•  A commercial rationale behind the overall structures in place and the arrangement should reflect the overall needs of the business. Simply stating the arrangement was entered into for asset protection purposes is not in itself sufficient if the arrangement does not actually provide improved asset protection.  
  • ​A commercial basis by which income is distributed within the group. In particular, the remuneration paid to the IPP should be commercially comparable and at arm’s length.

Gateway 2 - High risk features
The next step is to determine whether the arrangement contains high risk features. The ATO considers the following as potentially high-risk features:

  • Financing arrangements relating to non-arm’s length transactions.
  • ​Exploiting the difference between accounting standards and tax law.
  • Arrangements where a partner assigned a portion of a partnership interest that are materially different from an Everett assignment (e.g. certain non-equity partner arrangements).
  • Multiple classes of shares and units held by non-equity holders.

Where an IPP passes the gateways, they may then self-assess against the risk assessment framework to determine the type of compliance attention that may be given to their arrangement.

Risk assessment factor









Proportion of profit assessable to IPP


>75% to ≤90%

>60% to ≤75%

>50% to ≤60%

>25% to ≤50%



Total effective tax rate (IPP and associated entities)


>35% to ≤40%

>30% to ≤35%

>25% to ≤30%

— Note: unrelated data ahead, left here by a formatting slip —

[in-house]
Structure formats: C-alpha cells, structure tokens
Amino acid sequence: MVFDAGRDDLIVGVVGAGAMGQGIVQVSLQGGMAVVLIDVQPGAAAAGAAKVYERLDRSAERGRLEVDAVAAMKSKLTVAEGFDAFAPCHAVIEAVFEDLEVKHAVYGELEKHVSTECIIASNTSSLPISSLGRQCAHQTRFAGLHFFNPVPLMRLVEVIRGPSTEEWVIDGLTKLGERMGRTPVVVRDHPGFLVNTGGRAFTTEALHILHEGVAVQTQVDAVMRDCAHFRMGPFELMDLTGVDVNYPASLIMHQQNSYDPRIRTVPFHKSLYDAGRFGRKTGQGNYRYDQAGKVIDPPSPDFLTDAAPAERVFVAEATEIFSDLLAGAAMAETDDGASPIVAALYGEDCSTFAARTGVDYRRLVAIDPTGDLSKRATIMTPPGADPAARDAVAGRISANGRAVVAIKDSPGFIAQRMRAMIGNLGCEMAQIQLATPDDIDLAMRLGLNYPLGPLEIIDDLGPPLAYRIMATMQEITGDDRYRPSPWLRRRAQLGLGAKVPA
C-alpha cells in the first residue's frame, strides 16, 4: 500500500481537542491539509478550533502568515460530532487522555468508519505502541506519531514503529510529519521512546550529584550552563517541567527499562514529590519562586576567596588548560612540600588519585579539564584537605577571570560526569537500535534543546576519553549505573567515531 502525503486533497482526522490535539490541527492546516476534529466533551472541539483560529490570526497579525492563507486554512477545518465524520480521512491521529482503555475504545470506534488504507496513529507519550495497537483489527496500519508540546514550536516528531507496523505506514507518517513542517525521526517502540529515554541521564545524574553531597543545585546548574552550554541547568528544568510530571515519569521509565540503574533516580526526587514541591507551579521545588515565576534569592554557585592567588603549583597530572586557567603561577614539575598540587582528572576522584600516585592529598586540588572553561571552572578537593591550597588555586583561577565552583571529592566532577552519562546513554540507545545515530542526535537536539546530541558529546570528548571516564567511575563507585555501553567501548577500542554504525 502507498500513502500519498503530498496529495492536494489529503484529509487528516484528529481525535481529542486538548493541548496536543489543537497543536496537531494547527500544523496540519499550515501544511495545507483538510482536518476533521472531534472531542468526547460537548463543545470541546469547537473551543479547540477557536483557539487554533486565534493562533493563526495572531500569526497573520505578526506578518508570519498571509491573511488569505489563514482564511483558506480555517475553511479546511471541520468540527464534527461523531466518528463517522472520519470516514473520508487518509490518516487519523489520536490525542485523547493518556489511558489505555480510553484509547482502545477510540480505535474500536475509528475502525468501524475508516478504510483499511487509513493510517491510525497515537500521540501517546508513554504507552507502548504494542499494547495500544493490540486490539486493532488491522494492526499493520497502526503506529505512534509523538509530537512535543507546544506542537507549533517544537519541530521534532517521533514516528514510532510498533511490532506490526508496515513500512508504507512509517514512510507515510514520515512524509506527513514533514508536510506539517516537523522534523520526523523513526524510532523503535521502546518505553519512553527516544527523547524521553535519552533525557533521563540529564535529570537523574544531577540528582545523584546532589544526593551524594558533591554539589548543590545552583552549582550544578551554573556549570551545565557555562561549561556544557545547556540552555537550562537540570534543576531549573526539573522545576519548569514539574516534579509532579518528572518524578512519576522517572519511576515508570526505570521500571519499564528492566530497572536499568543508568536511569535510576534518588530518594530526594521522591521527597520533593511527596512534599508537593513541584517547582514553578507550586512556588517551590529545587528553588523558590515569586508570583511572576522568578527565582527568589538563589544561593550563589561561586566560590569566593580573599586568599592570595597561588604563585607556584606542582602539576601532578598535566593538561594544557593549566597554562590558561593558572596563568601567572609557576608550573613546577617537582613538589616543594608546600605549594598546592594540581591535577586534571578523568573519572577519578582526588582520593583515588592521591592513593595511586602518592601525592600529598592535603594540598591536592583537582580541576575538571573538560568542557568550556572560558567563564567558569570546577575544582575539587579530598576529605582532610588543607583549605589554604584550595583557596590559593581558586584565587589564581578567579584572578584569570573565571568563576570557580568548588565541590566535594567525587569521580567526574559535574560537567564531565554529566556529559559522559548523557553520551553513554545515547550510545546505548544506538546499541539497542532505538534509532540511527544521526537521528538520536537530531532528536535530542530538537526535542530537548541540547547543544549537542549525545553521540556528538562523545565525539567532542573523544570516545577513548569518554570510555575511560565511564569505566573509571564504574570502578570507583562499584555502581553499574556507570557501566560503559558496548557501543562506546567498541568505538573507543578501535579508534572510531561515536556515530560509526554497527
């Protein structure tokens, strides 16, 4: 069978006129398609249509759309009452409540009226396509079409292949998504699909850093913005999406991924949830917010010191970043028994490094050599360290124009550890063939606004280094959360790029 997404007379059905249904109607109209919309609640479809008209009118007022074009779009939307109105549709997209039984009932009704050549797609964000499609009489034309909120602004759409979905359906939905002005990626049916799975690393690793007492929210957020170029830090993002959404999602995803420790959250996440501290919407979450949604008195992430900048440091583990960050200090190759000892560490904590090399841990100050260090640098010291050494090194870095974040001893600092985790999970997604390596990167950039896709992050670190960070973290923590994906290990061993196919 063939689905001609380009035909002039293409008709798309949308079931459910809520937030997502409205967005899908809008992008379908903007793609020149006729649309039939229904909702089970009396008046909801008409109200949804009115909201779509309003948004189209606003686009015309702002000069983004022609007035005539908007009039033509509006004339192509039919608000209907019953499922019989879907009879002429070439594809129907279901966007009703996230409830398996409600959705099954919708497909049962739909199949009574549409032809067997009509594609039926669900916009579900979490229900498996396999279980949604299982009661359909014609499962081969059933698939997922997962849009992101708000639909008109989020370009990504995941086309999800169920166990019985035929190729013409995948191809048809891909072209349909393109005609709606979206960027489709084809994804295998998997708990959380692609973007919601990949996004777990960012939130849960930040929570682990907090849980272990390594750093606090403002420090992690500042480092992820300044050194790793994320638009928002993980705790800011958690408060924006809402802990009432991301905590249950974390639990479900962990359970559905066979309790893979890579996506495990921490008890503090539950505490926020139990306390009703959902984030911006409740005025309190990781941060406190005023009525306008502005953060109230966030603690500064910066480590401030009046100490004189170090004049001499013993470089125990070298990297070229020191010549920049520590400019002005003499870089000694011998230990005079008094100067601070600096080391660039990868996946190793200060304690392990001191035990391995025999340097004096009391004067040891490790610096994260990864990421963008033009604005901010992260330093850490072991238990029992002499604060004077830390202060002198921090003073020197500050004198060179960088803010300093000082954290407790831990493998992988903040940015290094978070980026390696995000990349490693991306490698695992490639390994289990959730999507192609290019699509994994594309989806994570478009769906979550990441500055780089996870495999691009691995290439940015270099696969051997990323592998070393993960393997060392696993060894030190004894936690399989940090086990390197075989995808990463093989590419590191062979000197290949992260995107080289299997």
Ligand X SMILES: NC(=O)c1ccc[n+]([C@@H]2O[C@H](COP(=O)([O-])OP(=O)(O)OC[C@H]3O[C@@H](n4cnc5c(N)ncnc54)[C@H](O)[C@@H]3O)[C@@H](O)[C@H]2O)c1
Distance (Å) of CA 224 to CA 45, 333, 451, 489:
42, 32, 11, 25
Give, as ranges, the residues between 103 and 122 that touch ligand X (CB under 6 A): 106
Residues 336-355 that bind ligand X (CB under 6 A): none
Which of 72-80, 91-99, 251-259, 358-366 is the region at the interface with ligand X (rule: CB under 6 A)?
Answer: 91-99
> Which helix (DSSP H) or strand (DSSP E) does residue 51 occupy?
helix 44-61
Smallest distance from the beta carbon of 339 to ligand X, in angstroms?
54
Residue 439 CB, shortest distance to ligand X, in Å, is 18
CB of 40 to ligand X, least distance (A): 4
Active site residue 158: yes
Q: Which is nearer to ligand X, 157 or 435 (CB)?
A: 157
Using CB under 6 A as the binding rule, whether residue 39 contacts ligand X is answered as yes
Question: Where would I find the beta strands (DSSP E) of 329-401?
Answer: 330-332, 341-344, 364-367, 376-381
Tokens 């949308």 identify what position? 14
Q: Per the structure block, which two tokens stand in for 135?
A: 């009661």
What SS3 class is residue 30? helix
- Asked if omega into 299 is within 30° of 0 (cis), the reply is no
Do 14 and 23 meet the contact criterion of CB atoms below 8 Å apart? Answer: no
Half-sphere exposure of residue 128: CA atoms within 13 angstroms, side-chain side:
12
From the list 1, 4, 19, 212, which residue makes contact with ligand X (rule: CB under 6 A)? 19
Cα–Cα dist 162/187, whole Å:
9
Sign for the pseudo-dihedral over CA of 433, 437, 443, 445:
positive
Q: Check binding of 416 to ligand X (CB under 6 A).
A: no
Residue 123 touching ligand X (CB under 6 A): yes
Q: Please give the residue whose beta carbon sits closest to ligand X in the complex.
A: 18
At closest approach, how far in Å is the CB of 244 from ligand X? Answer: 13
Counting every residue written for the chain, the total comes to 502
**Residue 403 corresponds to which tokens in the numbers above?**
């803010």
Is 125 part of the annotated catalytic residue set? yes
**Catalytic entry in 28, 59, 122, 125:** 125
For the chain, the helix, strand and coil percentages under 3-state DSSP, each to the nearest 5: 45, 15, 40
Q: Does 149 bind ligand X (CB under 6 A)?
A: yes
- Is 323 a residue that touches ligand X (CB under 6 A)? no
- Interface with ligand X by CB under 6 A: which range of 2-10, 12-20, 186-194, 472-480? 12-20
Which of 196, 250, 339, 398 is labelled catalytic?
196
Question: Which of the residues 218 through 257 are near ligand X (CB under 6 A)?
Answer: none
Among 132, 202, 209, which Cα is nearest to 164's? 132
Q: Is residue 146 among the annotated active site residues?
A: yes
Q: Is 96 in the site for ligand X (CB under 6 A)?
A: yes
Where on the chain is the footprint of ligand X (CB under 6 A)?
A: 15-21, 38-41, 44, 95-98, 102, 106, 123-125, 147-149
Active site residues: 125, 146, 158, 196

>20% to ≤25%



Remuneration returned in the hands of the IPP as a percentage of the commercial benchmark for the services provided to the firm


>150% to ≤200%

>100% to ≤150%

>90% to ≤100%

>70% to ≤90%


If it is impractical to accurately determine a commercial benchmark (factor 3 above), only the first two factors are to be used in assessing the score and the risk rating.

Once a score is established per the above, the arrangement will fall into one of the following risk zones:

Risk zone Risk level Aggregate score against first two factors Aggregate of all three factors
Green Low risk ≤7 ≤10
Amber Moderate risk 8 11 & 12
Red High risk ≥9 ≥13

Broadly, if the arrangement fails into the:

  • Green zone - the ATO will not apply compliance resources unless there are exceptional circumstances.
  • ​Amber zone - the ATO may contact the taxpayer and undertake a review of the overall arrangement.
  • Red zone -it is likely the arrangement will be reviewed or proceed directly to audit.